According to the wikibudgets.org blog this is a first early release of the open source Sankey app for desktop UI. Touch friendly editing for mobile devices is under development.

Added to the list of Sankey software.

Happy New Year to all followers! Kicking off with a distribution diagram (aka ‘alluvial diagram’) for cobalt (chemical element ‘Co’) by the Geospatial Engineering Research Group at the University of Newcastle, taken from the article ‘Sankey diagram of cobalt life-cycle’ on their blog.

This shows the mining, refining, manufacturing and use stages for cobalt broken down by continent.

Not sure what the orange and green arrows stand for, or what the unit is. Also, there seems to be a mismatch between the input and the output quantitites at some nodes (check, for example, cobalt flows received from mining countries for refining in Europe compared to the deliveries to the manufacturing stage).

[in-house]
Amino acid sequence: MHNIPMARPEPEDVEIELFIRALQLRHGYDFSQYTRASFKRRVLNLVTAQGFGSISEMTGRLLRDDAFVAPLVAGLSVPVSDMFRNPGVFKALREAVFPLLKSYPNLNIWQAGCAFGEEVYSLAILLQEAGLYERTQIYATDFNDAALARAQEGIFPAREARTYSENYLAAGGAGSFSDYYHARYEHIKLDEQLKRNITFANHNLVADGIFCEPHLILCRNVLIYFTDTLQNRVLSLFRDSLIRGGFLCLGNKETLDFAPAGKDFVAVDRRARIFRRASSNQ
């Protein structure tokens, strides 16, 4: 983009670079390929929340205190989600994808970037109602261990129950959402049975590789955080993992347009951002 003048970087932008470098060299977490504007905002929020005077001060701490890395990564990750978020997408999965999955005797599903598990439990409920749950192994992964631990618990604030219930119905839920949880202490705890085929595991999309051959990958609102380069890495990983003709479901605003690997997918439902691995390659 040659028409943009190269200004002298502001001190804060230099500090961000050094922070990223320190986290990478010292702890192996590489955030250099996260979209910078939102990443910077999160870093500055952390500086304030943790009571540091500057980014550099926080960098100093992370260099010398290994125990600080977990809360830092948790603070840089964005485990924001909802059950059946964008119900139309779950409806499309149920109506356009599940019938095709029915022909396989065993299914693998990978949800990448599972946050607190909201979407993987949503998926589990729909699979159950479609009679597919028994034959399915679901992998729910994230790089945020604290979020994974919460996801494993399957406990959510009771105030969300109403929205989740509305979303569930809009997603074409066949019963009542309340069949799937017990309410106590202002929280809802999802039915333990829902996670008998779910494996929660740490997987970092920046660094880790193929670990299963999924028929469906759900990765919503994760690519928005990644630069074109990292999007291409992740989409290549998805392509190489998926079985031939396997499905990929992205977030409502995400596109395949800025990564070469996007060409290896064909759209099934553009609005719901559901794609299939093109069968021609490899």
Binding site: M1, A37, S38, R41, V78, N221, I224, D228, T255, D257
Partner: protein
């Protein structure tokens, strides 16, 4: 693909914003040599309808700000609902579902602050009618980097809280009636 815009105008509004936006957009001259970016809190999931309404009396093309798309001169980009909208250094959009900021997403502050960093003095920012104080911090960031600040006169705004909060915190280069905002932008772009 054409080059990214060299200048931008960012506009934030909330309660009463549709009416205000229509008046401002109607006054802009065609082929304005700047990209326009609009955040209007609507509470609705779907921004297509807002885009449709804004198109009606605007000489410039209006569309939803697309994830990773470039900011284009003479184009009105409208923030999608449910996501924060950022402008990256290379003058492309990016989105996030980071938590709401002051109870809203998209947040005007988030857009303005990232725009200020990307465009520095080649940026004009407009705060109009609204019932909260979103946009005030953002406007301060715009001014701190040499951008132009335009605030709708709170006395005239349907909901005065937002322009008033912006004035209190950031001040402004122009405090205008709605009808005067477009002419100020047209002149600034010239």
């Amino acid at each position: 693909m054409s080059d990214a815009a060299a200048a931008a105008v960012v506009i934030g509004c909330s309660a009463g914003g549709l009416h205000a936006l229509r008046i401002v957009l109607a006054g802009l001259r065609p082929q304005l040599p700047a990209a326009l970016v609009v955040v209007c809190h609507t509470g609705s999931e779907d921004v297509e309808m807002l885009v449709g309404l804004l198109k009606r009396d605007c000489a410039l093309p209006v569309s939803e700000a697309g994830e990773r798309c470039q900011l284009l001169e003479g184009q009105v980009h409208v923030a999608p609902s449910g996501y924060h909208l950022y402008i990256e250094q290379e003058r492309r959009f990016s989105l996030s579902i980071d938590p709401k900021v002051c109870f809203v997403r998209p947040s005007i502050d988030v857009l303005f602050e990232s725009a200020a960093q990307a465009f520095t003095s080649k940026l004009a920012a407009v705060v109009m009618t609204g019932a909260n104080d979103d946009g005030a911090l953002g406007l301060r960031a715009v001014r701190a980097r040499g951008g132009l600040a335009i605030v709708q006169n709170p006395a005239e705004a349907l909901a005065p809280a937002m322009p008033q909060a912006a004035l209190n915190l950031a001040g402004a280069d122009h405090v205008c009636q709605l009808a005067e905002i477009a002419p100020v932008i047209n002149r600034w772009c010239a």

This could be due to mismatches in data from the different sources, or caused by changes in cobalt stocks (i.e. Europe mining and importing less but reducing stocks from previous year, thus being able to ship more to manufacturing in the same period). Maybe one of the authors wishes to comment?

The scientific paper ‘A Sankey Framework for Energy and Exergy Flows’ by Kamalakannan Soundararajan, Hiang Kwee Ho, Bin Su (Energy Studies Institute, National University of Singapore) features these two Sankey diagrams.

Energy flow in an open rack vaporiser (ORV):


Exergy flow in an open rack vaporiser (ORV):

The authors explain that “ORVs regasify liquefied natural gas (LNG) from temperatures below -160°C to room temperature through a heat exchange process with sea water at room temperature and pressure. (…) The Sankey representation of energy and exergy flows here presents a large potential for energy savings that could be realised in the regasification process.”